Let’s Talk


Let’s Talk

By Nandy Ekle

 

“Hi. My name is Main Character.” He raised his hand in a wave.

“Hi, Main Character. My name is Nemesis.” He nodded toward Main Character.

Main Character smiled. “It’s good to meet you.”

“Thank you. It’s good to meet you too.”

Main Character looked past Nemesis’ shoulder and Nemesis looked down at the floor. The clock ticked an awkward moment.

Main Character jerked his face back to Nemesis’ face as a flash of thought passed through his mind. “We’re supposed to inspire writers to write a believable dialogue.”

A light snapped on in Nemesis’ eyes. “Oh. Do you mean, like, actually sounding like two people having a conversation instead of sounding like two sides of the same person?”

“Yes. That’s right.” Main Character smiled while his head moved up and down.

“I see.  How do you think a good writer does that?”

Shrugging his shoulders, Main Character said, “Well, I think they have to just almost actually hear two different people speaking and write what they say exactly the way it’s said.”

Nemesis’ eyes darken slightly. “Ya’ know, Mainy, I do b’lieve you jes’ hit da nail rat own its big ol’ head.”

“Yes. And that means the writer needs to know his characters very well.” He took a coupe of steps backward.

“Yore galdern rat ‘bout dat dar rule.” Nemesis took a couple of steps forward toward Main Character.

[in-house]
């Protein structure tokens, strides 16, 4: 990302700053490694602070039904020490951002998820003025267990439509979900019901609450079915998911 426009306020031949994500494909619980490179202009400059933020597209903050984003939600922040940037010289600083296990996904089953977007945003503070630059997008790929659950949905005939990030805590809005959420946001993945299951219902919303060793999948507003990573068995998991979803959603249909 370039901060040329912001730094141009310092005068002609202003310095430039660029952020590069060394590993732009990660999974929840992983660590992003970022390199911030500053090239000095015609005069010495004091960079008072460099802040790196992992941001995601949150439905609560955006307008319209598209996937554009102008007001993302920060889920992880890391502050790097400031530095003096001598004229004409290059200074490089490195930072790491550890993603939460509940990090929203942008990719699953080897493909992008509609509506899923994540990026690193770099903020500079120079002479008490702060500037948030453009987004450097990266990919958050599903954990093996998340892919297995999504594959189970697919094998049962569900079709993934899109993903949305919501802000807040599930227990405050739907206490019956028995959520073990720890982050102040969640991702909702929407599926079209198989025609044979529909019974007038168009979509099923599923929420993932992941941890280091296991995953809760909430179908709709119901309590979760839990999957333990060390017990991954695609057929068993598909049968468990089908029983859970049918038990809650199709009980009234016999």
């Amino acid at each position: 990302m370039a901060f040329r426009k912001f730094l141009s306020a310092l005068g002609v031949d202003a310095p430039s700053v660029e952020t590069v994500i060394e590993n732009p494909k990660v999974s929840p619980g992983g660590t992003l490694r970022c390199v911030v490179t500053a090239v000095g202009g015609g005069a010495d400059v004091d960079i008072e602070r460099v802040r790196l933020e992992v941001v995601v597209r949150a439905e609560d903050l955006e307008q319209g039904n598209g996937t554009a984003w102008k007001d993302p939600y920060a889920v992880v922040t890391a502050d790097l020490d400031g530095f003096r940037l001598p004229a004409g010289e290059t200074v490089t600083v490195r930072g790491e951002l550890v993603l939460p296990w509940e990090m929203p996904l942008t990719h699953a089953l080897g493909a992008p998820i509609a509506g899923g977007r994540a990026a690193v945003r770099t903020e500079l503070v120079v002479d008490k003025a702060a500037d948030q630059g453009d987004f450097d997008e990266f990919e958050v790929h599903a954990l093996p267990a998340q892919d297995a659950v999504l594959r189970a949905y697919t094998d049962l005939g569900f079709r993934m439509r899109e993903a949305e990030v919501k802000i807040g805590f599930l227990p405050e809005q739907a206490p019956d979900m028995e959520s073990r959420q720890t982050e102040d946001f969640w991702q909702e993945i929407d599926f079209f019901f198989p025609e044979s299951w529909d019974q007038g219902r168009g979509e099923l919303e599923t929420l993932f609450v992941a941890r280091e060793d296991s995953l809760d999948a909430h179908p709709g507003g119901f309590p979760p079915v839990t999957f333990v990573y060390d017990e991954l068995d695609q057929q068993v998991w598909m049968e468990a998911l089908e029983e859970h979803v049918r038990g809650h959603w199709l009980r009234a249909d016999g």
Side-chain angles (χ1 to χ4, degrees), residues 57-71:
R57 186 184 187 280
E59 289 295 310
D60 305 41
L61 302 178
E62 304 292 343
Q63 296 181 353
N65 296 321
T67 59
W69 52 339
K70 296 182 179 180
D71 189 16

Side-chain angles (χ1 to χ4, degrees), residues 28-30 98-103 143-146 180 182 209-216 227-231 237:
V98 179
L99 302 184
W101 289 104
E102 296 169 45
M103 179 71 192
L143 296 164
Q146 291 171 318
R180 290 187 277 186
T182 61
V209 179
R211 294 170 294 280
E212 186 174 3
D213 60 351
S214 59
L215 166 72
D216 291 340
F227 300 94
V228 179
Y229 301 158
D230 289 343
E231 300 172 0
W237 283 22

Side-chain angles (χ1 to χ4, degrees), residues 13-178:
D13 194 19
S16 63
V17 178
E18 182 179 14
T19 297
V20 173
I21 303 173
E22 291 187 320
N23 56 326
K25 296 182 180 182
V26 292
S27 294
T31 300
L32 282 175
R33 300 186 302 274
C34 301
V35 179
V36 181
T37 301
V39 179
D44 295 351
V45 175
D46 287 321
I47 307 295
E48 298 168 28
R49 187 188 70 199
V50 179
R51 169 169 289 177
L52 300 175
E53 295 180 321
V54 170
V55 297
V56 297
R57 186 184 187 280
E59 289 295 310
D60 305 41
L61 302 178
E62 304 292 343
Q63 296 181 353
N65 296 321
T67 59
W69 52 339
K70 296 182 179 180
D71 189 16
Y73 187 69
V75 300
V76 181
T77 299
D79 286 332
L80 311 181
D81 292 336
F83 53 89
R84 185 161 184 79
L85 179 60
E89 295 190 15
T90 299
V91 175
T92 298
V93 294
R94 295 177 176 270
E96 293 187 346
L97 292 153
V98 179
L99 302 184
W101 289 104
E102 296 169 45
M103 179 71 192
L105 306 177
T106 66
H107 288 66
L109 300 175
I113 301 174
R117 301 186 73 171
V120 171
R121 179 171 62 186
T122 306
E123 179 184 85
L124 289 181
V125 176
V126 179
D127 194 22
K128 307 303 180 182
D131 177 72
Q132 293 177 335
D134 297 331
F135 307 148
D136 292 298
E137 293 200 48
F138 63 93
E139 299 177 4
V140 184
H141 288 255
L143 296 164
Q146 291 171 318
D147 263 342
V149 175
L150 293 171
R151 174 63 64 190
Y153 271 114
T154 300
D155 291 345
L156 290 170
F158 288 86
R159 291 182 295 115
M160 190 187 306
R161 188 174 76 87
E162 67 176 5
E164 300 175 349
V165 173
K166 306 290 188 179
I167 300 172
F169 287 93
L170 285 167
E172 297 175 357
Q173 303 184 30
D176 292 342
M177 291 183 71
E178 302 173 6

Main Character turned his head and looked over his shoulder for the door behind him, then he looked back at Nemesis. His brow was lined with worry. “So, do you have any advice to add to that?”

Nemesis stopped moving and lookd up into space as if an idea would appear like a light bulb. “Well . . . yeah. They prolly need to make shore dem readers know who’s tawkin’ when. ‘Cause, like us? We ain’t just standing still flappin’ our gums. We’re acchully doing’ sumpin’”

“That’s right,” Main Character said.

Nemesis grinned a dark toothy grin. Yeah.” He turned to look at the person reading their dialogue. “Got that, reader? Now.” He paused and leaned forward until his nose nearly touched the reader’s nose. The dark light came back to his eyes. “Go do it!”

Congratulations. You have just received a post card from the muse.

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The People Speak – Part 2


POST CARDS FROM THE MUSE

The People Speak – Part 2

By Nandy Ekle

How many of you readers out there never talk to yourselves? You never have a running conversation in your head, never ask yourself questions, never tell yourself your opinion, never remind yourself of your to-do list? 

The inside of my head sometimes sounds like a throng of voices. I don’t mean, like, hearing voices telling me to do bad things, as in schizophrenia or psychosis. I mean it’s like the two sides of my brain talking to each other, so much so that I need to listen to music with lyrics while I work my day job, just to keep the creative side out of the analytical side’s business.

Our characters, who we want our readers to believe are real people, are exactly the same. They have inner thoughts the same as we do. And these inner thoughts can be very important to our story. It can tell us more about the character, it can move the story along, it can even be a fantastic vehicle for flashbacks and important back story.